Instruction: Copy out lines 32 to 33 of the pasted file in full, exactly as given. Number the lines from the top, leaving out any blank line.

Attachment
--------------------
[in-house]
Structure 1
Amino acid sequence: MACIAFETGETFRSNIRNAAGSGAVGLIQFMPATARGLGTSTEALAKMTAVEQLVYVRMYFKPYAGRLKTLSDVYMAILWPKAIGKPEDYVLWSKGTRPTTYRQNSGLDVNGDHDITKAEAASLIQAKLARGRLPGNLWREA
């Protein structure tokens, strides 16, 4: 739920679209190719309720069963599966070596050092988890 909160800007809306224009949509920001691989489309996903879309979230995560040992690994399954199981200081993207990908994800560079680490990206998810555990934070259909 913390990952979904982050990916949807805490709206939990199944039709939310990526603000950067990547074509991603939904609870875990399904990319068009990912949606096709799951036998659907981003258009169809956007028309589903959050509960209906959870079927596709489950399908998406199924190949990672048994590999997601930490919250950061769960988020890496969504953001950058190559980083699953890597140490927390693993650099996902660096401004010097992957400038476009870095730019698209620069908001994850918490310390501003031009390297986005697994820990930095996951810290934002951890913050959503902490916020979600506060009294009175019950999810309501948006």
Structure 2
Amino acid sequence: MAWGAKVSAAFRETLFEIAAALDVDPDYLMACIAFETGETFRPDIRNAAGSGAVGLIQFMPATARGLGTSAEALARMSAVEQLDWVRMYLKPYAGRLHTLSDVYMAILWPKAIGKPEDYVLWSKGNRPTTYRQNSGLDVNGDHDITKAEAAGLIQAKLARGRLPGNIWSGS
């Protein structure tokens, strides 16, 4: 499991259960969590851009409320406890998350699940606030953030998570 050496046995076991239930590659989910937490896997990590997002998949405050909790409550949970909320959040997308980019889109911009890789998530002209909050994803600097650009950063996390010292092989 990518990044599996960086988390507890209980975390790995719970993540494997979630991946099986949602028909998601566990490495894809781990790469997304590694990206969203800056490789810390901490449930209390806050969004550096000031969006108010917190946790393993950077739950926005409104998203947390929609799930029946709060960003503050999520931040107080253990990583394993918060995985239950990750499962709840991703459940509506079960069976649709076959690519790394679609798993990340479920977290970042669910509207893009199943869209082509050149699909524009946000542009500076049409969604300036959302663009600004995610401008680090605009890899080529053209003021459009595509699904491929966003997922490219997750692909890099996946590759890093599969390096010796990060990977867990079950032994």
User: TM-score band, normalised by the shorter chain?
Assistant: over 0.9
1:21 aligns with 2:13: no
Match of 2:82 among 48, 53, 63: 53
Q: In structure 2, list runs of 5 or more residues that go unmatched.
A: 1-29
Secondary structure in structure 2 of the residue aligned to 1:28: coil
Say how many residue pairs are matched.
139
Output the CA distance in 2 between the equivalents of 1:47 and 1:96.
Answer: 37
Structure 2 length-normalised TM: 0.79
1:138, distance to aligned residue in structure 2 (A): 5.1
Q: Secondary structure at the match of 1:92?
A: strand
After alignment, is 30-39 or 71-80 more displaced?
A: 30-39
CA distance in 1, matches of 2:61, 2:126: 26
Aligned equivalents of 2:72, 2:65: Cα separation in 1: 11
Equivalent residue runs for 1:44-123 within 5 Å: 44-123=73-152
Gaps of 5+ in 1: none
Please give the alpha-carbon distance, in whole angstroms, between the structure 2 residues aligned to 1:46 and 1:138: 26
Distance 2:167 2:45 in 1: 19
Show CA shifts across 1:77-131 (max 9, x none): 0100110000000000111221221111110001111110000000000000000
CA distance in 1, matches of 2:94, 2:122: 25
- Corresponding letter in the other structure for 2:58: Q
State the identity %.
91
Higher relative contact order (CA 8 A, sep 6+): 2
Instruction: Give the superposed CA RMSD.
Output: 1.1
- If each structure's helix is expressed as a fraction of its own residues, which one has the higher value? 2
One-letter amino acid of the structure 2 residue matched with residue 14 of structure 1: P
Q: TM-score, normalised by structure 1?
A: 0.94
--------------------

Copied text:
CA distance in 1, matches of 2:94, 2:122: 25
- Corresponding letter in the other structure for 2:58: Q